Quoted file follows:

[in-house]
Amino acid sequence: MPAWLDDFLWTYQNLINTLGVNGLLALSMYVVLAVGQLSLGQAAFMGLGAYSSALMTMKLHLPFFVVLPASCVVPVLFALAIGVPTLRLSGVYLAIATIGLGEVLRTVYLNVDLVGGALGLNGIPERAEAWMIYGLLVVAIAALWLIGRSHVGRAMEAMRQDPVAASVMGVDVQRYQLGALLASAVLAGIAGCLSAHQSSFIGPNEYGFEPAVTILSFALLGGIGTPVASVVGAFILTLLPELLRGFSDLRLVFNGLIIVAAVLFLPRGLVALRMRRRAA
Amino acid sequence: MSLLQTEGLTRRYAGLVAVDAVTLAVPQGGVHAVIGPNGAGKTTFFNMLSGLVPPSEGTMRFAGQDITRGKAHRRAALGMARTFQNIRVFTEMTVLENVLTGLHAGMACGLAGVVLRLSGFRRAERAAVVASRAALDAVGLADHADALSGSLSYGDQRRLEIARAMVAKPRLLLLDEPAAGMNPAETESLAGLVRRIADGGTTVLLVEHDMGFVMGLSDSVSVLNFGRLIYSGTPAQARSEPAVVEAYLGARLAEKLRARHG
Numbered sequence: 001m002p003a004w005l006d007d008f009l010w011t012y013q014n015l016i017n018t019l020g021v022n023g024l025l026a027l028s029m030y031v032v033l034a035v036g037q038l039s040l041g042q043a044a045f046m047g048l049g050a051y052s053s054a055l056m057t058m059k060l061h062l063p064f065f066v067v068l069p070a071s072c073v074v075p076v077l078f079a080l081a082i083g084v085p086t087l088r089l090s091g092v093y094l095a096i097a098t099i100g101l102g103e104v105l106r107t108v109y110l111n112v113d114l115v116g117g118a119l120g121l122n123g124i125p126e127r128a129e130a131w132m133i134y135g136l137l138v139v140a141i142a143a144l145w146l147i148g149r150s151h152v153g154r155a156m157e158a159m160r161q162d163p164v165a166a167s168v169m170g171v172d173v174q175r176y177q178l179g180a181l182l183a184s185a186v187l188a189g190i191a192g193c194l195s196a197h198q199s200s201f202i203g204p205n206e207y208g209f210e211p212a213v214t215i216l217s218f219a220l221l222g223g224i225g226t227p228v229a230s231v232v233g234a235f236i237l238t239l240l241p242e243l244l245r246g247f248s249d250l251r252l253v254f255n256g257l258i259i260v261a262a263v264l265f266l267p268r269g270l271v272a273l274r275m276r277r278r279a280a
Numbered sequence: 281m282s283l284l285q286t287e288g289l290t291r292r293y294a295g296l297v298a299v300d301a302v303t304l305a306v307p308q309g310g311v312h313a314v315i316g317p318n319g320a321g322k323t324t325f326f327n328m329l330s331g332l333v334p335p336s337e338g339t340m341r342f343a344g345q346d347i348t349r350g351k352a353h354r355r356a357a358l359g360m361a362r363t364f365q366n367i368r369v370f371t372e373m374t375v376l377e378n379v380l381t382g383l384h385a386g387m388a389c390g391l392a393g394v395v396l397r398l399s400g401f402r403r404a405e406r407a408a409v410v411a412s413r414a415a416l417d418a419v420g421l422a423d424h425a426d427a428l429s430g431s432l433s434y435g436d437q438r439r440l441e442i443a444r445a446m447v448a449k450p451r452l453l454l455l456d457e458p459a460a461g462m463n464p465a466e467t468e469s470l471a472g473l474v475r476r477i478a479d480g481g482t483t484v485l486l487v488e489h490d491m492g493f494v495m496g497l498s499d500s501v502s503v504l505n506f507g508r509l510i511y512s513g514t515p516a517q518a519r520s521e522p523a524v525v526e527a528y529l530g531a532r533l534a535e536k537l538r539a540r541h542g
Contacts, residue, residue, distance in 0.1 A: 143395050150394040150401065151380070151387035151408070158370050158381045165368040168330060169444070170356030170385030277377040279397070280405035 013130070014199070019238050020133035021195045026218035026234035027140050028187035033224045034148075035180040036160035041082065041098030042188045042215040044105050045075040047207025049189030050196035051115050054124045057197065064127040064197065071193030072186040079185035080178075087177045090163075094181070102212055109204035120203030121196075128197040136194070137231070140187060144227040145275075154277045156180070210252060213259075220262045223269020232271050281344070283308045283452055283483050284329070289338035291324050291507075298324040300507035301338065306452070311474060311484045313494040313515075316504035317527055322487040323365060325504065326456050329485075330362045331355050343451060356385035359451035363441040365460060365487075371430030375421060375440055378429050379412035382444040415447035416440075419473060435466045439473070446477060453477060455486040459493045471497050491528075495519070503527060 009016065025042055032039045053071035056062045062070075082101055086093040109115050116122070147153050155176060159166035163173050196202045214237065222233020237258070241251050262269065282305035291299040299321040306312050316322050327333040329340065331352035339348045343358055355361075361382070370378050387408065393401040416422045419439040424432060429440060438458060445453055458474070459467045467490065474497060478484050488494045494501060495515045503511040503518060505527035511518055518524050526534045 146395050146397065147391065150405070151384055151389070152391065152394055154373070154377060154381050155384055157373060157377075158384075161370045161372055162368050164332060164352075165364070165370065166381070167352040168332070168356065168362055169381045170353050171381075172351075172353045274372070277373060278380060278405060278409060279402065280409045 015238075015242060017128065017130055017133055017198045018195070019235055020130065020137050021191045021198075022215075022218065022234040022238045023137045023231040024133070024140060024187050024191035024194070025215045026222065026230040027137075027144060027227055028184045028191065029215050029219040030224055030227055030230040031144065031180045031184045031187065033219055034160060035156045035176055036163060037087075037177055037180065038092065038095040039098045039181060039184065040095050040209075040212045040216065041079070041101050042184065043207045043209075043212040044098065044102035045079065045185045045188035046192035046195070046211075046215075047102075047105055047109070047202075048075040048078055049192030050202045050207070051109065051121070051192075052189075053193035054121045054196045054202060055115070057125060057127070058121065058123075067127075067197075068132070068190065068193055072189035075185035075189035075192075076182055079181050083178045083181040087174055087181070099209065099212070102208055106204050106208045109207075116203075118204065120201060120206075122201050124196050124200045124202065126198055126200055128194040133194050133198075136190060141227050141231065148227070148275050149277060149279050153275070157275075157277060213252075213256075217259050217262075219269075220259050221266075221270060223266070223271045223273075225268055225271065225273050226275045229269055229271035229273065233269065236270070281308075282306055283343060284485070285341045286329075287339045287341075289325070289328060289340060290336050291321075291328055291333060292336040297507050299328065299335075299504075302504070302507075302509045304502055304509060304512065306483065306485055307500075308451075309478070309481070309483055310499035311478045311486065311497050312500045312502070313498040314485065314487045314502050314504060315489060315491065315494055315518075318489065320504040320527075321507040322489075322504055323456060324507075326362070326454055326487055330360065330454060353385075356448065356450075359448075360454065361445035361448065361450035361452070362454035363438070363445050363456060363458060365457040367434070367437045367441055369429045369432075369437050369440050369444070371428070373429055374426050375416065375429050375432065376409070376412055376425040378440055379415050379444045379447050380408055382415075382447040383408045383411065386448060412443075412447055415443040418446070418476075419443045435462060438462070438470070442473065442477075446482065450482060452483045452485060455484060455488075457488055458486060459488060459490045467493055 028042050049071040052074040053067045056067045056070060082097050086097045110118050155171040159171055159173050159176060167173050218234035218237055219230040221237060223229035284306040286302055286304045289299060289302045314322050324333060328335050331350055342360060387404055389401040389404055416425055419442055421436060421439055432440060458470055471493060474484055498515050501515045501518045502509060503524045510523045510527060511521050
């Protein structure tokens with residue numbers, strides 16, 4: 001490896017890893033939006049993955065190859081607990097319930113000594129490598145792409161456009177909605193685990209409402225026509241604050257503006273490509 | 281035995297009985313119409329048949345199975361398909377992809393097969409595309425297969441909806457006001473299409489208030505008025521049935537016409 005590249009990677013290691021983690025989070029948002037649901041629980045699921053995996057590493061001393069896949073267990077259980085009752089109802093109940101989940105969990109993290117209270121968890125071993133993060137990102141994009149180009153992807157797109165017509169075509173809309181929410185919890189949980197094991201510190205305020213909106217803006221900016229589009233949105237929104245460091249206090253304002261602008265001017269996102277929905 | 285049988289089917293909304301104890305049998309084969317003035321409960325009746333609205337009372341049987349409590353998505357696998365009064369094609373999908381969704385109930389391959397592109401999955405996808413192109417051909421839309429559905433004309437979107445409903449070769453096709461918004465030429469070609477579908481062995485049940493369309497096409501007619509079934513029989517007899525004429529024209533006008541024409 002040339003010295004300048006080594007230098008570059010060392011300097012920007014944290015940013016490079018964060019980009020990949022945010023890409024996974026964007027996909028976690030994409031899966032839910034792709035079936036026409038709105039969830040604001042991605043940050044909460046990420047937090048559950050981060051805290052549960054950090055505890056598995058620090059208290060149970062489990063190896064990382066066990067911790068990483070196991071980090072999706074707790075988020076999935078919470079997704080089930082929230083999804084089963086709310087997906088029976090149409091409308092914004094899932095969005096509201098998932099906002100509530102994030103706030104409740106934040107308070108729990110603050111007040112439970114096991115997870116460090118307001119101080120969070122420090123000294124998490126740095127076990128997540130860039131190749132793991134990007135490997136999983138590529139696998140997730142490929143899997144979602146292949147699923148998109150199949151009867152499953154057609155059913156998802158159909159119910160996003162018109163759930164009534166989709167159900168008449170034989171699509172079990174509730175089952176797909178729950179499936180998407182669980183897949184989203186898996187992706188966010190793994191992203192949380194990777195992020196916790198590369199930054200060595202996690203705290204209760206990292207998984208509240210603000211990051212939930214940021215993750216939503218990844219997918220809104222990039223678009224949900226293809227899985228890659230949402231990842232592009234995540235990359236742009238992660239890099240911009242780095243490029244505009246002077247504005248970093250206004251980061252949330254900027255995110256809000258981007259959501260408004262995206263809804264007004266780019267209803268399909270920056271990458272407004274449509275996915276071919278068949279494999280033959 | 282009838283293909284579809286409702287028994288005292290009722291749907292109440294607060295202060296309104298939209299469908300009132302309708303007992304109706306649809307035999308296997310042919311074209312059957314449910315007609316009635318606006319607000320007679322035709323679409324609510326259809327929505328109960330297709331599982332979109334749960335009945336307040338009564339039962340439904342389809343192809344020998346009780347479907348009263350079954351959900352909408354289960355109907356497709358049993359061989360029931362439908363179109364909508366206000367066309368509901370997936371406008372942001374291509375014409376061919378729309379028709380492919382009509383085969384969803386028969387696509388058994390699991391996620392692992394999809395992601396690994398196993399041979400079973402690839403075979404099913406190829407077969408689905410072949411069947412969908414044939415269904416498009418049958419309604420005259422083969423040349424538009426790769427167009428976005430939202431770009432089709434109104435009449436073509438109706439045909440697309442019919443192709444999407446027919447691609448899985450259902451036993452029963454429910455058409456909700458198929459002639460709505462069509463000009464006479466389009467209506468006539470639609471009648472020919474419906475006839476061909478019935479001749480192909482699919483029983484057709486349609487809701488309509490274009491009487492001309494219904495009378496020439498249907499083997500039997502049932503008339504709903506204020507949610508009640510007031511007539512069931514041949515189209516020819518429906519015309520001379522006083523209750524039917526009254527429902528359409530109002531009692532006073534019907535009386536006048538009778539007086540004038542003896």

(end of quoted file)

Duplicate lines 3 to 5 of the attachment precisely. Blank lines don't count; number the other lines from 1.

Amino acid sequence: MSLLQTEGLTRRYAGLVAVDAVTLAVPQGGVHAVIGPNGAGKTTFFNMLSGLVPPSEGTMRFAGQDITRGKAHRRAALGMARTFQNIRVFTEMTVLENVLTGLHAGMACGLAGVVLRLSGFRRAERAAVVASRAALDAVGLADHADALSGSLSYGDQRRLEIARAMVAKPRLLLLDEPAAGMNPAETESLAGLVRRIADGGTTVLLVEHDMGFVMGLSDSVSVLNFGRLIYSGTPAQARSEPAVVEAYLGARLAEKLRARHG
Numbered sequence: 001m002p003a004w005l006d007d008f009l010w011t012y013q014n015l016i017n018t019l020g021v022n023g024l025l026a027l028s029m030y031v032v033l034a035v036g037q038l039s040l041g042q043a044a045f046m047g048l049g050a051y052s053s054a055l056m057t058m059k060l061h062l063p064f065f066v067v068l069p070a071s072c073v074v075p076v077l078f079a080l081a082i083g084v085p086t087l088r089l090s091g092v093y094l095a096i097a098t099i100g101l102g103e104v105l106r107t108v109y110l111n112v113d114l115v116g117g118a119l120g121l122n123g124i125p126e127r128a129e130a131w132m133i134y135g136l137l138v139v140a141i142a143a144l145w146l147i148g149r150s151h152v153g154r155a156m157e158a159m160r161q162d163p164v165a166a167s168v169m170g171v172d173v174q175r176y177q178l179g180a181l182l183a184s185a186v187l188a189g190i191a192g193c194l195s196a197h198q199s200s201f202i203g204p205n206e207y208g209f210e211p212a213v214t215i216l217s218f219a220l221l222g223g224i225g226t227p228v229a230s231v232v233g234a235f236i237l238t239l240l241p242e243l244l245r246g247f248s249d250l251r252l253v254f255n256g257l258i259i260v261a262a263v264l265f266l267p268r269g270l271v272a273l274r275m276r277r278r279a280a
Numbered sequence: 281m282s283l284l285q286t287e288g289l290t291r292r293y294a295g296l297v298a299v300d301a302v303t304l305a306v307p308q309g310g311v312h313a314v315i316g317p318n319g320a321g322k323t324t325f326f327n328m329l330s331g332l333v334p335p336s337e338g339t340m341r342f343a344g345q346d347i348t349r350g351k352a353h354r355r356a357a358l359g360m361a362r363t364f365q366n367i368r369v370f371t372e373m374t375v376l377e378n379v380l381t382g383l384h385a386g387m388a389c390g391l392a393g394v395v396l397r398l399s400g401f402r403r404a405e406r407a408a409v410v411a412s413r414a415a416l417d418a419v420g421l422a423d424h425a426d427a428l429s430g431s432l433s434y435g436d437q438r439r440l441e442i443a444r445a446m447v448a449k450p451r452l453l454l455l456d457e458p459a460a461g462m463n464p465a466e467t468e469s470l471a472g473l474v475r476r477i478a479d480g481g482t483t484v485l486l487v488e489h490d491m492g493f494v495m496g497l498s499d500s501v502s503v504l505n506f507g508r509l510i511y512s513g514t515p516a517q518a519r520s521e522p523a524v525v526e527a528y529l530g531a532r533l534a535e536k537l538r539a540r541h542g